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Becoming a citizen would mean finally being accepted in my own country

Like her parents, Leslie is an undocumented immigrant. But while her parents are still working hard in low-paid jobs, Leslie is majoring in psychology at Meredith College, working at a student-run preschool for children with autism, and dreaming of a career as a high school psychologist or counselor. “There’s a stereotype that if you need someone to clean your house, or mow your lawn, then you call an immigrant,” she says. “But we aren’t less capable — we just aren’t given the same opportunities as everyone else. If I end up working as a cleaner, I want it to be something I’ve chosen, not because I had no other options.”

DACA gives us hope, but it only lets us go so far.

When Leslie was 3 years old, her parents left her with her grandparents in Guatemala, a country still recovering from decades of civil war, while they set out for America to pursue a better life. Four years later, a family friend brought Leslie and her brother on a flight to join them. “My grandfather told me to just smile and nod if anyone asked me anything,” she says. “I didn’t understand the gravity of what was going on.” Within a month of arriving in North Carolina, Leslie, who spoke no English, was enrolled in a public school. “It was terrifying,” she says. “But where we come from, if you aren’t educated then you aren’t getting anywhere. My parents told us from day one, you have to succeed in school.”

Leslie worked hard, graduated high school at the age of 17, and, thanks to employment authorization gained through the Deferred Action for Childhood Arrivals (DACA), a program that shields young immigrants from deportation, she was able to get a job at a local Food Lion supermarket. As an undocumented immigrant, Leslie had missed out on the high school driver’s ed classes required for a learner’s permit, so until she turned 18 and qualified for a driver’s license she walked to the supermarket every day for work. Eventually, she saved up enough money to pay for training needed to work as a medical interpreter. That helped her to get a higher paying job as a bilingual claims consultant, for National General Insurance, and to start paying her way through community college. “I was working at night and going to school in the mornings — it was very hard,” she says. “The only reason I kept going was because my family kept pushing me.”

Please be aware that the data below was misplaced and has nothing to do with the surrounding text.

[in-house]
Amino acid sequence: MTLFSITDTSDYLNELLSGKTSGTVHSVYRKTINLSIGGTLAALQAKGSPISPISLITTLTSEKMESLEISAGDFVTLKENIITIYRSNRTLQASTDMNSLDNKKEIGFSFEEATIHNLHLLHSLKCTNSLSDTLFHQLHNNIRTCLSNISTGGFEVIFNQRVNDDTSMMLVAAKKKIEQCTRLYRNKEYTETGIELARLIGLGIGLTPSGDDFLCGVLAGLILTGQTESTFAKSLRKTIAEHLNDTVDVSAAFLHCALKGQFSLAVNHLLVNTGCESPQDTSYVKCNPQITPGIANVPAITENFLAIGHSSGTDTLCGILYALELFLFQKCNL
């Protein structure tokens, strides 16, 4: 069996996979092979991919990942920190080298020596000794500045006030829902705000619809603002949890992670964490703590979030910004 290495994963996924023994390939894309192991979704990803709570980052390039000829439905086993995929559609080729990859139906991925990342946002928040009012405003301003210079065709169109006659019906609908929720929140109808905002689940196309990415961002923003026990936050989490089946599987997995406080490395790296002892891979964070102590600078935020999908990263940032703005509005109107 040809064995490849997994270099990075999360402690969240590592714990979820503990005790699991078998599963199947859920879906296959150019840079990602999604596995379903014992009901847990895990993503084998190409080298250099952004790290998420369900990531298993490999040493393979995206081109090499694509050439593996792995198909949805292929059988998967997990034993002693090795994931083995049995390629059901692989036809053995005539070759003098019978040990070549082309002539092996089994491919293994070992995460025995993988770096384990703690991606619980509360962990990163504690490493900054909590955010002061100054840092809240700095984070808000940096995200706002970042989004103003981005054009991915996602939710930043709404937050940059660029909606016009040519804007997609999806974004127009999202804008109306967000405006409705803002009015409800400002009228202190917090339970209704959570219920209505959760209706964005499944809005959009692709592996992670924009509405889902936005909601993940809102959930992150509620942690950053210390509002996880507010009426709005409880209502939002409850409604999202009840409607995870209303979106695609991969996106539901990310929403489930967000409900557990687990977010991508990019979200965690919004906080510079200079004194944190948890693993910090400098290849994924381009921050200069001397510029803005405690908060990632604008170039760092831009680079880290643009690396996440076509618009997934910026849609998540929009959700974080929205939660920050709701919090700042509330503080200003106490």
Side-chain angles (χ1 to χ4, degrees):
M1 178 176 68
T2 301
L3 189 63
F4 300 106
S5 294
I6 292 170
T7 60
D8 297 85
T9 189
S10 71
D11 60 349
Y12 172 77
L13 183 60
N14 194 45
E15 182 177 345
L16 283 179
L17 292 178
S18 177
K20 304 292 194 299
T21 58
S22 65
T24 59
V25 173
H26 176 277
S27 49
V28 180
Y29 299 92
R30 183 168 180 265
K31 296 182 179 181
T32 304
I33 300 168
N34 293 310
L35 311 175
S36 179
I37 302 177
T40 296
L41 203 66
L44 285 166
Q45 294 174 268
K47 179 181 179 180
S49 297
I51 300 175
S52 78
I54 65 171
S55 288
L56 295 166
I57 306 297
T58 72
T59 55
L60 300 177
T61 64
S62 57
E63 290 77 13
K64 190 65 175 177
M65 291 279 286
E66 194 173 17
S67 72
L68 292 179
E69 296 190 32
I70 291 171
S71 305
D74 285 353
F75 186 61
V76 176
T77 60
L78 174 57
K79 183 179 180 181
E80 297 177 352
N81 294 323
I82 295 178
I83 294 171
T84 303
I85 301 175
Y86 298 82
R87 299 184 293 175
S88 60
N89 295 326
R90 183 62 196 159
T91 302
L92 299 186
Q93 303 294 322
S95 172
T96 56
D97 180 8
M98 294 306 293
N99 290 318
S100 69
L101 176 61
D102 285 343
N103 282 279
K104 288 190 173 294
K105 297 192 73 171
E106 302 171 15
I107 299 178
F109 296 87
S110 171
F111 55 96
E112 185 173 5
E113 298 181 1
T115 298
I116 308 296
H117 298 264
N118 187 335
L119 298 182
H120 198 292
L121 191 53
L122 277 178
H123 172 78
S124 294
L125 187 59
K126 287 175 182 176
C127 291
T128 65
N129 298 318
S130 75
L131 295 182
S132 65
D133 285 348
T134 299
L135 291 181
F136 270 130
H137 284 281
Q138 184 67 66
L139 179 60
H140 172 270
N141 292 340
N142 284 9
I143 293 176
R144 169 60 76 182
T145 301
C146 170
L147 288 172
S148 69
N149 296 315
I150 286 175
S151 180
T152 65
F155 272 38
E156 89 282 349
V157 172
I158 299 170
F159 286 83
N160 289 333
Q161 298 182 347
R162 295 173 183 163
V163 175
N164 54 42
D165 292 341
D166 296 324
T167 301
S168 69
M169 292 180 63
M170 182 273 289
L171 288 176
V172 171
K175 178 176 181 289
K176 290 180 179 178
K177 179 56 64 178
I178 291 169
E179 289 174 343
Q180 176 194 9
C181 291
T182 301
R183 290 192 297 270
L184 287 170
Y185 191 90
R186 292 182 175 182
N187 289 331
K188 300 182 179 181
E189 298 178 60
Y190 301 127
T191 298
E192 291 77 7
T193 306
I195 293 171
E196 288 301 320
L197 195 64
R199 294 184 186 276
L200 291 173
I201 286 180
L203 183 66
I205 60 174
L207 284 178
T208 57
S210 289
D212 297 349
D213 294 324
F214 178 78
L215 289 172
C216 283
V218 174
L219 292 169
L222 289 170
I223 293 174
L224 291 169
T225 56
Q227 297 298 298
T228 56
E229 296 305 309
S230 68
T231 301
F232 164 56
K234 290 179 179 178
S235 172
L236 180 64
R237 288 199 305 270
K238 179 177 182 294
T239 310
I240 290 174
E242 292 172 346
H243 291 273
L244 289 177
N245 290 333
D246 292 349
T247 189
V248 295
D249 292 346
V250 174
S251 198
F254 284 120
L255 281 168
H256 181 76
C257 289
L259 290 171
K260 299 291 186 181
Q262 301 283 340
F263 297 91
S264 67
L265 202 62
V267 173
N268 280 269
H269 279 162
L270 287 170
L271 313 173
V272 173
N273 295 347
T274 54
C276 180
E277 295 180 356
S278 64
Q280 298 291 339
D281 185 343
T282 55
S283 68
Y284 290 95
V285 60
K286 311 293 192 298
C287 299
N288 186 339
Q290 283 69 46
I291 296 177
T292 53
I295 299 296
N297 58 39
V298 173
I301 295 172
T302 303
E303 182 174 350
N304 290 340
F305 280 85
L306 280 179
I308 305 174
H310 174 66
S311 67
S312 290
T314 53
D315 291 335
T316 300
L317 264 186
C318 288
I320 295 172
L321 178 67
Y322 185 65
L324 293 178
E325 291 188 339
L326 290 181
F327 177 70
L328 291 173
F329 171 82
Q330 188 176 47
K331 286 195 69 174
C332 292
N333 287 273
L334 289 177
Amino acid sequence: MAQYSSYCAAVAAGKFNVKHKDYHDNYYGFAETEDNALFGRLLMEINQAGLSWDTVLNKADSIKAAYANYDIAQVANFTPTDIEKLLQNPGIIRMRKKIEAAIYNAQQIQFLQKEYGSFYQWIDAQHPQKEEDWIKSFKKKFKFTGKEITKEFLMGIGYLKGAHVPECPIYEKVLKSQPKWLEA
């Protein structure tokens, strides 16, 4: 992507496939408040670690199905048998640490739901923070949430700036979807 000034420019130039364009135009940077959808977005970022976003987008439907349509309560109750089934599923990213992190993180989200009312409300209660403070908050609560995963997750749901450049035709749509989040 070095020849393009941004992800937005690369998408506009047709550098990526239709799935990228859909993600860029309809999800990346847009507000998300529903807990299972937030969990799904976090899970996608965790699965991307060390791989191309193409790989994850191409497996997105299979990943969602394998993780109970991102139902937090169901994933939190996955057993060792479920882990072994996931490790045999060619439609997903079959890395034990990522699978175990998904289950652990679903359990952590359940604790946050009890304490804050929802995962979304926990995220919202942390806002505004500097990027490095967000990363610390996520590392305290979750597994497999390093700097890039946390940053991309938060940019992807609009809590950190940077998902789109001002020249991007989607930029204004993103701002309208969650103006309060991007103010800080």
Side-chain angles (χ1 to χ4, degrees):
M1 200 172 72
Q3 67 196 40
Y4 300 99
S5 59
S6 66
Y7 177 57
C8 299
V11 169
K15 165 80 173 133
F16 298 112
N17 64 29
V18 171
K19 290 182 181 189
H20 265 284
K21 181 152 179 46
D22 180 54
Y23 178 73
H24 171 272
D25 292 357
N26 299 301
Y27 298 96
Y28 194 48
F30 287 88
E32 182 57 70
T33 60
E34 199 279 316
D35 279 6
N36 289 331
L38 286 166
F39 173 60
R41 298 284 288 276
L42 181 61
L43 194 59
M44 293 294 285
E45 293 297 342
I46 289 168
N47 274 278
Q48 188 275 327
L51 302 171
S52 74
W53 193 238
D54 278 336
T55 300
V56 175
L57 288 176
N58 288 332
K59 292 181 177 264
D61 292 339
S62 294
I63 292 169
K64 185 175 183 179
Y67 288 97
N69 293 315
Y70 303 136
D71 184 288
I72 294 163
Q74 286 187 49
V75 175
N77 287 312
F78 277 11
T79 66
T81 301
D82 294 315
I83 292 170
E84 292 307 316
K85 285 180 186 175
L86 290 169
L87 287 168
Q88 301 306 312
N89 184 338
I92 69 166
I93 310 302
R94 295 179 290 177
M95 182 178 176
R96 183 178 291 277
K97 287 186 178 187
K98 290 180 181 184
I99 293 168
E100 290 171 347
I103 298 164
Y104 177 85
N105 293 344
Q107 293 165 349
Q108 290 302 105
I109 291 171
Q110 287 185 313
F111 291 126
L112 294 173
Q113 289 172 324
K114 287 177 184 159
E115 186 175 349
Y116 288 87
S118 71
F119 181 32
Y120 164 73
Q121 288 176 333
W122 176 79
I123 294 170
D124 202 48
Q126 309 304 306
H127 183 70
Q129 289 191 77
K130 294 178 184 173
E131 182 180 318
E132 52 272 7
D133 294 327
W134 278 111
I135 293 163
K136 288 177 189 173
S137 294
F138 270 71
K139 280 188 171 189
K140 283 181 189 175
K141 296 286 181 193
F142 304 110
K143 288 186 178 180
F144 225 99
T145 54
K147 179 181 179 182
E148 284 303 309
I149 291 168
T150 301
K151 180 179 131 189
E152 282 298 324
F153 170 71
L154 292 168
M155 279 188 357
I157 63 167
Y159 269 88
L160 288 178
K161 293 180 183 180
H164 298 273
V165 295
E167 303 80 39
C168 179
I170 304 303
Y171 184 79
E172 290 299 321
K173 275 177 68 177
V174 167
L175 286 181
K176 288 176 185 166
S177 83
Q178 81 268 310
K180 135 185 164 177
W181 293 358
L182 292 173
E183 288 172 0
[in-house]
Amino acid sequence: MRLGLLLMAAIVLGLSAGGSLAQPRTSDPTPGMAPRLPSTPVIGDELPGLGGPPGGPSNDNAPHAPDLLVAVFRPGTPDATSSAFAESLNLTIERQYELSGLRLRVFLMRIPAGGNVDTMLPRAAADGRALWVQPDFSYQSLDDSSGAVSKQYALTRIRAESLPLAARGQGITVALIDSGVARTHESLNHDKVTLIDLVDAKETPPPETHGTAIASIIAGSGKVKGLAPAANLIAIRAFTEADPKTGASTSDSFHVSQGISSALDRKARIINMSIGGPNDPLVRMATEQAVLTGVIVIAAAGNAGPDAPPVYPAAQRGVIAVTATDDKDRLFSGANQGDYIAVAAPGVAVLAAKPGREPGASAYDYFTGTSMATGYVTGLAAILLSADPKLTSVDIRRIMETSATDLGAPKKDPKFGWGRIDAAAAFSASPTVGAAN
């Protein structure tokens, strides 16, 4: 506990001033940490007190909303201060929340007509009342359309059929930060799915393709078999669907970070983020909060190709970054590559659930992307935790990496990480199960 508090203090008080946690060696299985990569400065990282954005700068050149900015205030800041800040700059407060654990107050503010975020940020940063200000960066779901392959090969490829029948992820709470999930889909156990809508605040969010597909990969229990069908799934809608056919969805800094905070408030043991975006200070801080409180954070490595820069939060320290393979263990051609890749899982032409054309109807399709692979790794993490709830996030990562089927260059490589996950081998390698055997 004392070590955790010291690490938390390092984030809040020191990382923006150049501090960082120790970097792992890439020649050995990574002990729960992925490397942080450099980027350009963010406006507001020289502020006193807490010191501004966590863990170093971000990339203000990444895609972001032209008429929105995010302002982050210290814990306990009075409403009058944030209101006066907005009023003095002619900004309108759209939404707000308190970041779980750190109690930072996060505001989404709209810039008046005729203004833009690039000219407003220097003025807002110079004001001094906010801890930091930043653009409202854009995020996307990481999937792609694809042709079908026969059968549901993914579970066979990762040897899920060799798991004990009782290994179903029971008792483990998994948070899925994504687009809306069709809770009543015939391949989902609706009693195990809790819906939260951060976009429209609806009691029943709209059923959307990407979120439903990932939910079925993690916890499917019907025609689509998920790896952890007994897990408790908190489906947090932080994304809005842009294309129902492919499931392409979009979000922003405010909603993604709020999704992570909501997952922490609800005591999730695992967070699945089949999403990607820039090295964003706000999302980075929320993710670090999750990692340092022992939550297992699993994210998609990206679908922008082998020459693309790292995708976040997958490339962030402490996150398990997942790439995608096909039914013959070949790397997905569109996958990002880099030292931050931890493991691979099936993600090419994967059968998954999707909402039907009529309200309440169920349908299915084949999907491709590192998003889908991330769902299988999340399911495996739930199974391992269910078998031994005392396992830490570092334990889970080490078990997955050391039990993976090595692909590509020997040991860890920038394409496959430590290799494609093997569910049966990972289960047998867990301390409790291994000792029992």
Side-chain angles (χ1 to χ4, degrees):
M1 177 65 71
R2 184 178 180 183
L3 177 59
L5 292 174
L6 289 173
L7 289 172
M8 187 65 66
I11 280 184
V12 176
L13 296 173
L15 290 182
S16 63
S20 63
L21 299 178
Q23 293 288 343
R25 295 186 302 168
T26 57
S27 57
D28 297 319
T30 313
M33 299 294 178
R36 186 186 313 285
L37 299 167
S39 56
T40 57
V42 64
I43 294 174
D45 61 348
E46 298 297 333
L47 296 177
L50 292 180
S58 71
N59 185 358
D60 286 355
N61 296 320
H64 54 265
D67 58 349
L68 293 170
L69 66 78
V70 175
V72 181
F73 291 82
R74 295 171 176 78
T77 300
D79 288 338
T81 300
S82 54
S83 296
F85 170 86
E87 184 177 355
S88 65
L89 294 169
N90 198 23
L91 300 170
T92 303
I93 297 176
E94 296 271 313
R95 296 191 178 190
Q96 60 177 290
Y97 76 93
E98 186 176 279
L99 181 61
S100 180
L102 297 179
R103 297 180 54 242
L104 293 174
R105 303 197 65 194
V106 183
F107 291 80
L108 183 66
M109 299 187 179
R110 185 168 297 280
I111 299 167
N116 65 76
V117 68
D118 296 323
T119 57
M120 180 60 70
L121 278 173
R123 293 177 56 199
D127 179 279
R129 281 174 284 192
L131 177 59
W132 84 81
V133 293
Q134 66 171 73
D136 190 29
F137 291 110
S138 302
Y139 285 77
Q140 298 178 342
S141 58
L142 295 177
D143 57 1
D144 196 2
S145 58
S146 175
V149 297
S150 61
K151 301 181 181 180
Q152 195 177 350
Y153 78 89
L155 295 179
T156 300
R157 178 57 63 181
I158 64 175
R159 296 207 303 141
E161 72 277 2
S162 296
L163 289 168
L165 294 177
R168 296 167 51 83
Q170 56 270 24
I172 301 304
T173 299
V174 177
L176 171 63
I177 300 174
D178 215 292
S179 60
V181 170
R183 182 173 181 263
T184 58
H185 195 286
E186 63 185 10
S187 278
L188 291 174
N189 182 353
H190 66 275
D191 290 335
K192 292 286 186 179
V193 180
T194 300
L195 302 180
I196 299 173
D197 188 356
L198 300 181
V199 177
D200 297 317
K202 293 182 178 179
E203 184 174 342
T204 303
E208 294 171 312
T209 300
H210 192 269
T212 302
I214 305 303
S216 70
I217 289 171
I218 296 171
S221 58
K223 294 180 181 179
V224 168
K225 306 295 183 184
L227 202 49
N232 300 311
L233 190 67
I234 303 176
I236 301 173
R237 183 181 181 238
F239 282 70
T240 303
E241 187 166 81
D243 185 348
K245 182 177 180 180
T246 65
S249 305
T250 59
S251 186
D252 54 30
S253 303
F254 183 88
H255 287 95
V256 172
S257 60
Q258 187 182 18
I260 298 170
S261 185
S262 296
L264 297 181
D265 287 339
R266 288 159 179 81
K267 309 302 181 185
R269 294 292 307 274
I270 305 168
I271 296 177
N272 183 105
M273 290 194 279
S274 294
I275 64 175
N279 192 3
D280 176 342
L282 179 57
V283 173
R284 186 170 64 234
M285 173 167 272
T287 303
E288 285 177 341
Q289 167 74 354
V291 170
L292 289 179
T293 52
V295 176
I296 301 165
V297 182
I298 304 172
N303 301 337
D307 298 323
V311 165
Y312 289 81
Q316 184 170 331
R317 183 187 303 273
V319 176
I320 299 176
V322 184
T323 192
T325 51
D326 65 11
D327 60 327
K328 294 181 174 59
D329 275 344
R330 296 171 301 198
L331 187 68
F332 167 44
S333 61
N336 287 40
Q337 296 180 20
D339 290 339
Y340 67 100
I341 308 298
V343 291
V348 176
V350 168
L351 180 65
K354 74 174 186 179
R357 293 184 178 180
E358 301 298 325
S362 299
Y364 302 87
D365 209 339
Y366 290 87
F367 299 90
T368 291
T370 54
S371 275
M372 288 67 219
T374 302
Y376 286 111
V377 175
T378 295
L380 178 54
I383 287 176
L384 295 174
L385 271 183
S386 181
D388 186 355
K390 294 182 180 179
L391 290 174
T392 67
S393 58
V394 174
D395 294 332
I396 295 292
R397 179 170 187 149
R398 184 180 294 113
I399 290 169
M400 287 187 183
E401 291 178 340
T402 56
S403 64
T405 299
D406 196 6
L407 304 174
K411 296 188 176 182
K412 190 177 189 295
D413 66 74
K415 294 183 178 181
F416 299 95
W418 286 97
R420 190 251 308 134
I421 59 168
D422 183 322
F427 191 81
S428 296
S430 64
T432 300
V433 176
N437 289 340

After two years at Forsyth Technical Community College, Leslie was encouraged by her teachers and older brother to apply for a Golden Door scholarship, a privately funded program that offers full scholarships to high-achieving immigrants. Winning one of the prestigious scholarships put a four-year university education within Leslie’s reach and opened the door to a career in education and counseling. “I’ve been helped so much in my life that it’s important for me to give something back,” she says.

Leslie knows she’s been extraordinarily fortunate and says she hopes to see programs like DACA extended to other undocumented immigrants, many of whom are unable to achieve their full potential because they lack legal status. “There are still a lot of undocumented people who don’t qualify for DACA,” she says. “Some of the kids I grew up with were brilliant, but they gave up and went out and got construction jobs — they’re very unhappy, but they had no other options.”

In the long term, Leslie hopes to see comprehensive immigration reform that will allow her to gain permanent legal status, and eventually citizenship. That would give her more security and flexibility as she begins her career, and allow her to become more fully a part of the country she considers home. “DACA gives us hope, but it only lets us go so far,” she says. “I consider myself American — I give back to the community, and I’m part of the community. Becoming a citizen would mean finally being accepted in my own country.”

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